The Jungle of Long Island

Mrs. Gray, they said, didn’t play the field well. This was unfortunate, as the Felines maintained that summer in the Hamptons should be a spectacular jest.

When Mr. Gray began busying himself in the City, they welcomed Mrs. Gray into their pack. She didn’t do much besides toddle behind them, though, and definitely not with their poise and alluring swagger.

They were fools, those who mistook these cougars for delicate kittens, lounging in their high-cut swimming stripes, meticulous curls licked into place. More than one gentleman would fall prey throughout these golden days.

It was an irony that Mrs. Gray–of all of the Felines–had been accused of indiscretions. When Mr. Gray arrived at the mansion in a possessive rage, like a typical pawn, she didn’t discern who was really behind the damning missive. Her brutal stabbing was simply a triumphant checkmate in a game of societal entertainment.


Written for Flash! Friday flash fiction

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A Misguided Spade

Caspious was digging his weapon of choice into the earth. “Are you at war with those buggers again?” Istar teased, looking past him, her angelic figure sauntering up the path.

“Aren’t I always fighting one vile enemy or another?” Caspious spat at the ground. But when he faced her, Caspious softened adoringly; innocently. “I hope you get used this . . . er, to me I mean.”

He was tan, scientific and kind. Istar sighed. If only he was a smidgen more . . . obliging. When Caspious cared, his royal magic pierced all barriers; everything he caressed bloomed.

Everything not hidden by her facade, at least.  

Istar scanned the treeline nervously. She couldn’t delay. “Sweet, the Syscans, surely you’ve heard. Without assistance they’ll die. Although they’re few, however distant and lowly, they’re still your subjects! You’re needed now!” I need you now! But that last sentence never actually left Istar’s tongue.

Caspious was glad he turned from her mesmerizing eyes, resenting that Istar had opened this Pandora’s Box again. It had almost been their honeymoon’s undoing months ago. Wait–that was only months ago, right?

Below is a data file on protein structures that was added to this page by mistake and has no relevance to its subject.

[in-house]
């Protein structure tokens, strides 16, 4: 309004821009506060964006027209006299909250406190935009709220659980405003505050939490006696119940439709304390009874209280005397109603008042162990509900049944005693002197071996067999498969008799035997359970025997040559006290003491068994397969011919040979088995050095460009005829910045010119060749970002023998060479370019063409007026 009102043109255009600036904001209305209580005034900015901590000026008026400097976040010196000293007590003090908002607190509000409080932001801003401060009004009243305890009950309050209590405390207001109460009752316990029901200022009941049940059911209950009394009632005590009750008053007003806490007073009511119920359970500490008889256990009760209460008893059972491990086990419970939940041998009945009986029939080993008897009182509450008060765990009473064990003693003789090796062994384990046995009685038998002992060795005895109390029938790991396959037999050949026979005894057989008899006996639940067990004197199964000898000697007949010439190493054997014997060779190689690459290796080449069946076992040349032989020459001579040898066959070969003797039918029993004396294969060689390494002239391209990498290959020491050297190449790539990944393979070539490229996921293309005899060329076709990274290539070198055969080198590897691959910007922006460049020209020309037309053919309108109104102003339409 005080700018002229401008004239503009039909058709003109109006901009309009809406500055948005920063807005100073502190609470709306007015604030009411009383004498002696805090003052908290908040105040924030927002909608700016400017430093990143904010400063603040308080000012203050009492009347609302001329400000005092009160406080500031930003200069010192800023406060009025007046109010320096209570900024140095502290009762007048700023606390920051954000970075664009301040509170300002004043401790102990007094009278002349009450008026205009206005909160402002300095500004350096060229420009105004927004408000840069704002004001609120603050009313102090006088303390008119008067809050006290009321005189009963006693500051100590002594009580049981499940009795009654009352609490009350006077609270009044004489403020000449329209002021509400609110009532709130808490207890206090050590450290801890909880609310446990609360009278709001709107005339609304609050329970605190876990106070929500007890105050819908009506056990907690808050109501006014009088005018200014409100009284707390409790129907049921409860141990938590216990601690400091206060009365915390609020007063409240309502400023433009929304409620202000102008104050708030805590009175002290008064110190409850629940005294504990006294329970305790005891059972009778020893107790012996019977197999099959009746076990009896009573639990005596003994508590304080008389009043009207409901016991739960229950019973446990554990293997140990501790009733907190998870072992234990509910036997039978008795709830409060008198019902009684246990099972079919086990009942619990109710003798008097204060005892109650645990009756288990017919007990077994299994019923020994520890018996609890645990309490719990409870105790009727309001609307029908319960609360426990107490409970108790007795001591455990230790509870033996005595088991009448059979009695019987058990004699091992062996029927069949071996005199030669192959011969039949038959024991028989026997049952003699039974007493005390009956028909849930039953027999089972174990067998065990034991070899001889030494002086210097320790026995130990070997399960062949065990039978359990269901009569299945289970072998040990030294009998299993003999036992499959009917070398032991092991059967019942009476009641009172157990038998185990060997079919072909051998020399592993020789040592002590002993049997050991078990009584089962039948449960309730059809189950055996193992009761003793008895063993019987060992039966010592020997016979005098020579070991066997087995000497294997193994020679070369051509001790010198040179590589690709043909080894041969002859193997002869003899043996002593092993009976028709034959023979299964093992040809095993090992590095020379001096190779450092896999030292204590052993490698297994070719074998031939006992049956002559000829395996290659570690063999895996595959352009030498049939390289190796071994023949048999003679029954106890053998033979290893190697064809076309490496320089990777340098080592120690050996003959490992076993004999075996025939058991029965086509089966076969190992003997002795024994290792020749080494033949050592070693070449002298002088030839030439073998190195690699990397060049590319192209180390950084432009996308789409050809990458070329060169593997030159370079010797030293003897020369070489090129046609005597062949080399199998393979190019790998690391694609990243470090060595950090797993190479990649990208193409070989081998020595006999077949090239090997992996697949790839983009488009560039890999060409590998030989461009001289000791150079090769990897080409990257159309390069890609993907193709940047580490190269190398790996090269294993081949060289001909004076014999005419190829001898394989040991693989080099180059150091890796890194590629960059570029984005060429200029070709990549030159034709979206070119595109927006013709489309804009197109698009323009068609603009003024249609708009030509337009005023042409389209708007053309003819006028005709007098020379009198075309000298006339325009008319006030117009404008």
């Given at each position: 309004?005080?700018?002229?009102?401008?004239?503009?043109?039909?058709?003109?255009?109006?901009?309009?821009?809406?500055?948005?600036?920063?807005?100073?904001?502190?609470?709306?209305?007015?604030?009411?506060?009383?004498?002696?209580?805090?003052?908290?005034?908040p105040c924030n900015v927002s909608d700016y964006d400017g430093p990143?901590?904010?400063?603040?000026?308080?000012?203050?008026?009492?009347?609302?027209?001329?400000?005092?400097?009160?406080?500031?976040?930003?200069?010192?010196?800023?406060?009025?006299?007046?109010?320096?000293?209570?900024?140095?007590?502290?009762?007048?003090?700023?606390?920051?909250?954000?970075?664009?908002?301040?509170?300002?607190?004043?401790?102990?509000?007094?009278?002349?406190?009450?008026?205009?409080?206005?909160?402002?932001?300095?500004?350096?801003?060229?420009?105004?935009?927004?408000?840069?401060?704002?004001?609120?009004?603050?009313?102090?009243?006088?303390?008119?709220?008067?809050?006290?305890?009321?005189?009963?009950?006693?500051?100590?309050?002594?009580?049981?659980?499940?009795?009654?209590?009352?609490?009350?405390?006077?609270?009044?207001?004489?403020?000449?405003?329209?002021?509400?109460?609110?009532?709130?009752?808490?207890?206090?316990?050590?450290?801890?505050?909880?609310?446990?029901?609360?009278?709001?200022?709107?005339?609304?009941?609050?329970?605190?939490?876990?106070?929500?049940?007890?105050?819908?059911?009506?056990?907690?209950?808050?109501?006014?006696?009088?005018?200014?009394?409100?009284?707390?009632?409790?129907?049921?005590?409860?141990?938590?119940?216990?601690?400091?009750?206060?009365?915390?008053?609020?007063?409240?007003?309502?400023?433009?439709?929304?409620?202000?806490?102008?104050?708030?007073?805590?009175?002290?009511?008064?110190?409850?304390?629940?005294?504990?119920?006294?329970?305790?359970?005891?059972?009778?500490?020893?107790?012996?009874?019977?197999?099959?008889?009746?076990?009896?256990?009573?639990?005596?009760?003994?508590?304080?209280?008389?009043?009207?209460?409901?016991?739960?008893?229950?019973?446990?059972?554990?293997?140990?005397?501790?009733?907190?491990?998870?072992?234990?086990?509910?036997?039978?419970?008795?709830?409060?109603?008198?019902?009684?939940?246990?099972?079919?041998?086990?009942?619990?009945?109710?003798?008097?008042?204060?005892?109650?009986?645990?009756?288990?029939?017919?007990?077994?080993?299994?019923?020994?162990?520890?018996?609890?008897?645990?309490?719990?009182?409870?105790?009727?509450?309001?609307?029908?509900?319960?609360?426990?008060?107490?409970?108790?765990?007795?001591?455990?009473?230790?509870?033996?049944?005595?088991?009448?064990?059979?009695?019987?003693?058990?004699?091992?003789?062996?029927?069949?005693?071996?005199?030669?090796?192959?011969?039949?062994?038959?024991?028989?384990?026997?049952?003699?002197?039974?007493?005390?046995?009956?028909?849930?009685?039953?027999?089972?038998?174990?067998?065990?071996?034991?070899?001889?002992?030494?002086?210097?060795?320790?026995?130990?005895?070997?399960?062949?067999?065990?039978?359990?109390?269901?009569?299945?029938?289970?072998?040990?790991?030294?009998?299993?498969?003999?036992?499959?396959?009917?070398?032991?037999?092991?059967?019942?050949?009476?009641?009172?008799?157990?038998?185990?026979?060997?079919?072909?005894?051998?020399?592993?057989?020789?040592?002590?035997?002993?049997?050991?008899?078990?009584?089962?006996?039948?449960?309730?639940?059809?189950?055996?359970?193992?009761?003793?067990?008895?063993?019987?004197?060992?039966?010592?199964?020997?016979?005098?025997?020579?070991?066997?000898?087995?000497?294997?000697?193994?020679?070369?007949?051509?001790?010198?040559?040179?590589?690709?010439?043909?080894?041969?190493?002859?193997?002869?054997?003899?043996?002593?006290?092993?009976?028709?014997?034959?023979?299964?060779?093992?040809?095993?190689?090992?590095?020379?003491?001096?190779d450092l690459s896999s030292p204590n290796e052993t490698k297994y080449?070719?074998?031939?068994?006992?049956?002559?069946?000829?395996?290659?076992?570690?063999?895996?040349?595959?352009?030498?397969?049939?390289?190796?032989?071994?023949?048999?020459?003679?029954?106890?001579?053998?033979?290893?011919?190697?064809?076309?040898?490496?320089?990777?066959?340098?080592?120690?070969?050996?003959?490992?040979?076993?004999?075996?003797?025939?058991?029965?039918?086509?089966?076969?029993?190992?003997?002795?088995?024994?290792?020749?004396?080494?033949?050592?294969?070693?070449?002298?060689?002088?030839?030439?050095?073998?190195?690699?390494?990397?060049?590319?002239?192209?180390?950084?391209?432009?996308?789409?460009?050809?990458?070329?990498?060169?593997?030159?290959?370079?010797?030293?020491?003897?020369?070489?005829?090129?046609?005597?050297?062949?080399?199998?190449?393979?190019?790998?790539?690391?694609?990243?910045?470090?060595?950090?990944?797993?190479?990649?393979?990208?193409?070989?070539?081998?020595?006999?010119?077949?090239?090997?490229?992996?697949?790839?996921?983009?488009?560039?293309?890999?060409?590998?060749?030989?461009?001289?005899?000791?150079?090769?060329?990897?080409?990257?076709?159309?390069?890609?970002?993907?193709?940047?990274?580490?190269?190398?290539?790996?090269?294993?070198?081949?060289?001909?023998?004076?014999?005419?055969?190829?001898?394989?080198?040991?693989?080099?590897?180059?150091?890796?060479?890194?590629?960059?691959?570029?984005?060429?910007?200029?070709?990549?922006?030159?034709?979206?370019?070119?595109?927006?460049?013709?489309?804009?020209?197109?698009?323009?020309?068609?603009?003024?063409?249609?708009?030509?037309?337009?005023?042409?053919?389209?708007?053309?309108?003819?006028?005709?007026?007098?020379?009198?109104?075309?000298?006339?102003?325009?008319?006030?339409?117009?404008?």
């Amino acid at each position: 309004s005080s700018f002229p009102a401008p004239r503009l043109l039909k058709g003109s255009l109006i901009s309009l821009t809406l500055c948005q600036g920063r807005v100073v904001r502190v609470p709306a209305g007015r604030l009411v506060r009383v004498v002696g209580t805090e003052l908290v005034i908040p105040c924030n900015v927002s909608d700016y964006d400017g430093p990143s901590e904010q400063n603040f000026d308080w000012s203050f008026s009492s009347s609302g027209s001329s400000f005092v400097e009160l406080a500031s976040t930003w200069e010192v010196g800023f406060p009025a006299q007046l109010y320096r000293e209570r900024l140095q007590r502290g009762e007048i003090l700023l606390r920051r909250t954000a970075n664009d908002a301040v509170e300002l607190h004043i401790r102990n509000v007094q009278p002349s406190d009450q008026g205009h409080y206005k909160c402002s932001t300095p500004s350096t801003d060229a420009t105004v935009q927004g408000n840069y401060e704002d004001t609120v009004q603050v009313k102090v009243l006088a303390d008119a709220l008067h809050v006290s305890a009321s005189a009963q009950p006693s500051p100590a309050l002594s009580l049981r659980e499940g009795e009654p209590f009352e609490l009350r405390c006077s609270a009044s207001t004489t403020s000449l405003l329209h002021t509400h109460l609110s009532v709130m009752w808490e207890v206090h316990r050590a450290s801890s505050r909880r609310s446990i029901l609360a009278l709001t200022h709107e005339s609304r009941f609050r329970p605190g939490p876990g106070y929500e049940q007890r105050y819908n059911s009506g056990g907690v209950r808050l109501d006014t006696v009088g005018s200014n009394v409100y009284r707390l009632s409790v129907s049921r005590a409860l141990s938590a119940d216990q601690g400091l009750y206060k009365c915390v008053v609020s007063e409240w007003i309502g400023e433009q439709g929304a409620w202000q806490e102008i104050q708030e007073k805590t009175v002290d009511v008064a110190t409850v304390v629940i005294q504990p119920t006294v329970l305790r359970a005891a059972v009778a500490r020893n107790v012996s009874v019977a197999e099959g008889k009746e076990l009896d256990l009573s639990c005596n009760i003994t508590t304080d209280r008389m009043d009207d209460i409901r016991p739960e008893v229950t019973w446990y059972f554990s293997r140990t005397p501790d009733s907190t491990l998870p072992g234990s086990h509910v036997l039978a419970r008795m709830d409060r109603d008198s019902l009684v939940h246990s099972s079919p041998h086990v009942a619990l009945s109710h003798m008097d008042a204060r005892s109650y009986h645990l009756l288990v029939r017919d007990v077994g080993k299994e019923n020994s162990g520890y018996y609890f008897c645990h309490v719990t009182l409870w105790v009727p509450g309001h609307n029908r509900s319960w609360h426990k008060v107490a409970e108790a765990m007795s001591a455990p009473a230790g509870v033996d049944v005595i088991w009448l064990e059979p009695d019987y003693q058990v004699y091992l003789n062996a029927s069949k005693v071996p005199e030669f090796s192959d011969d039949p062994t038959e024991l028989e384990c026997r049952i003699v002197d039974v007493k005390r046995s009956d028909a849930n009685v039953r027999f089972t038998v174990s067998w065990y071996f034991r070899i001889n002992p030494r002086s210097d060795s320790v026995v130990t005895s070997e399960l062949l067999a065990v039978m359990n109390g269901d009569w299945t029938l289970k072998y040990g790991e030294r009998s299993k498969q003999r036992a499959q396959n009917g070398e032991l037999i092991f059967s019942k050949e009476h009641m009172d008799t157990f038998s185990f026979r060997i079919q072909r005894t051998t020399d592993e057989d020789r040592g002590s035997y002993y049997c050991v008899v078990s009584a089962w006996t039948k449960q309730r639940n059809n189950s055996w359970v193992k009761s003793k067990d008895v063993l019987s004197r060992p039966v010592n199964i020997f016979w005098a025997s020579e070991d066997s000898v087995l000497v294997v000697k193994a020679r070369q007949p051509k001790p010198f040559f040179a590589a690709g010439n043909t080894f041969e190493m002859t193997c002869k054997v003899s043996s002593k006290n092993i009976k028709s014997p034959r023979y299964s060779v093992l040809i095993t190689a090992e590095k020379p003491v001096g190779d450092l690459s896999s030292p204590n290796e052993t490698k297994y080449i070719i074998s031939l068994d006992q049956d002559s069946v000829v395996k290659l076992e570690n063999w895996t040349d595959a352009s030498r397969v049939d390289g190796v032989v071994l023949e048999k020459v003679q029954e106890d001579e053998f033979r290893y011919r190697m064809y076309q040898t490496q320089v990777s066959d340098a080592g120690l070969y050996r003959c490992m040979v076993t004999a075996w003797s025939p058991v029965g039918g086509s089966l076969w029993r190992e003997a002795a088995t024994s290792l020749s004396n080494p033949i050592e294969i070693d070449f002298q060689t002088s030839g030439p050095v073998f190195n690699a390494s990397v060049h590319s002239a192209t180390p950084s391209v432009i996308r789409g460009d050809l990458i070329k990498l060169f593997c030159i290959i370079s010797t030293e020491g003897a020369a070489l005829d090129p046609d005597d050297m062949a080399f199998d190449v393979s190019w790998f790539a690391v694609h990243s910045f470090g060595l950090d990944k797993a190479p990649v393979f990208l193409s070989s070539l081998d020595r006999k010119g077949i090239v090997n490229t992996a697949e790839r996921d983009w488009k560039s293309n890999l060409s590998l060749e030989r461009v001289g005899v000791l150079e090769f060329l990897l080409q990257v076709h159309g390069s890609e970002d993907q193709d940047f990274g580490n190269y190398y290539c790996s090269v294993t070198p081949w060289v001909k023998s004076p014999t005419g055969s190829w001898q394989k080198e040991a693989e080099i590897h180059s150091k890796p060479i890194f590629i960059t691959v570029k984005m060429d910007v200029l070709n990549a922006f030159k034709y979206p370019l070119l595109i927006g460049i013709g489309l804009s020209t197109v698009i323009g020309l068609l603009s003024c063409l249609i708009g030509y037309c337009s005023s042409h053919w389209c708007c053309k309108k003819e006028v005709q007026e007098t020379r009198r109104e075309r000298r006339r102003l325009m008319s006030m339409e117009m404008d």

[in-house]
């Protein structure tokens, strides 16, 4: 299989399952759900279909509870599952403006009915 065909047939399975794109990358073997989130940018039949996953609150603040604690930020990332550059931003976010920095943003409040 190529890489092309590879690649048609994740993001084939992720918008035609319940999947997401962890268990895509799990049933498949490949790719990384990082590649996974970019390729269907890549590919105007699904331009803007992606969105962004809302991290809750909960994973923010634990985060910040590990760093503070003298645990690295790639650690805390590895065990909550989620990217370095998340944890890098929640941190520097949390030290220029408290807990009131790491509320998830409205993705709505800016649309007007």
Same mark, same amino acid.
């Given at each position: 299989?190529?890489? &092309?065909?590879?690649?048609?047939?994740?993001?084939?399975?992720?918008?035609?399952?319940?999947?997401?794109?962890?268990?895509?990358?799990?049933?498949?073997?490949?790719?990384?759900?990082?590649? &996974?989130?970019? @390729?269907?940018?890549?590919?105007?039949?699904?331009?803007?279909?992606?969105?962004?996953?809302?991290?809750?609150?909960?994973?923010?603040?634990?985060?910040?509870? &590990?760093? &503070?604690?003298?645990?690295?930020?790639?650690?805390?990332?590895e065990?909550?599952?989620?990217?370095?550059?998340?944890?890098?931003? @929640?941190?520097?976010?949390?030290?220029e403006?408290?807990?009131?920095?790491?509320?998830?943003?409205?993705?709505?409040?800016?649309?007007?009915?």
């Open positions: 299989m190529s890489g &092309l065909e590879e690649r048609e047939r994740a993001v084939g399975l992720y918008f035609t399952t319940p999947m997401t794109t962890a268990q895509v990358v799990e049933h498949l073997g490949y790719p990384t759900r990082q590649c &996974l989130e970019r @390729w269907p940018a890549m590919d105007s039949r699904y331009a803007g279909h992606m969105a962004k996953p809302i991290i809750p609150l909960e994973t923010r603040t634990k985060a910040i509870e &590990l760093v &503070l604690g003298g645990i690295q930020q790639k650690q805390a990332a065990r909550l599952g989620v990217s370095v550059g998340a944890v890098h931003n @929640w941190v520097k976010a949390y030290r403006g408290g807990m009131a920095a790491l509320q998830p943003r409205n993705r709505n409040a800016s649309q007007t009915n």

The Heir shelved his lovely bride’s humming into its own compartment, focusing on the soil sifting through his fingers. He crunched what was left in his palm, imagining it was the worms he despised.

Istar watched Caspious wane as she pleaded one last time. Maybe if he knew the truth of her past, he would reconsider his indifference.

As Caspious often said (one of his gardening maxims), “One can’t unhinge the fly from the web.” And neither could she release her tongue from its curse, so frigidly bestowed on her, when torn from her family, discharged to the Castle by the Syscan Reds.

The Reds had spent their patience.

In a rare moment of honesty, Istar breathed “I love you,” startling Capious from his vegetation. But then she turned away quickly, hearing only the thump, rather than seeing his head roll too, as it joined his trowel on the garden plot.


Written for Flash! Friday Fiction

The Last Trip Down Beach Lane

This short story was prompted by the following image:

Old Woman. CC2.0 photo by Giorgio Grande.
Old Woman. CC2.0 photo by Giorgio Grande.

Mademoiselle Villeneuve and her companion creaked, shuffling down the cobblestone towards the end of the road. One step, one roll. One drop mirroring past beginnings in Mademoiselle’s eye.

“Félicitations pour ton diplôme! Bonne chance dans le monde!” echoed behind them as she threw her cap in the wind, riding towards the future.

Sunbeams cast wickers of flame on the coastal path, a golden gleam to guide them. One step, one roll. One shared memory of love from the heart.

She sat on the blue bars giggling, flying towards the moon. He dragged his feet on this same beach lane, slowing them just enough so he could kiss her neck.

Mademoiselle’s clog skimmed sand, choking the grout, and their bony frames shuttered. One step, one roll. One more movement reminding them they were now broken and bald.

They carried meager paychecks together, then wine and bouquets. They skidded from uncounted fights; pedaled towards countless friendships. Children, then grandchildren twirling their wheels.

Mademoiselle and her partner had arrived. She held to his frame so tightly as they stood one last time gazing at their shore.

Peeling off her wig and clothes, she rested them and her beloved bicycle against the junkyard’s gates. Then without a backward glance, Mademoiselle Villeneuve maneuvered through sand to surf, burying her bruised body under the salty sea.


This was originally written for Flash! Friday flash fiction contest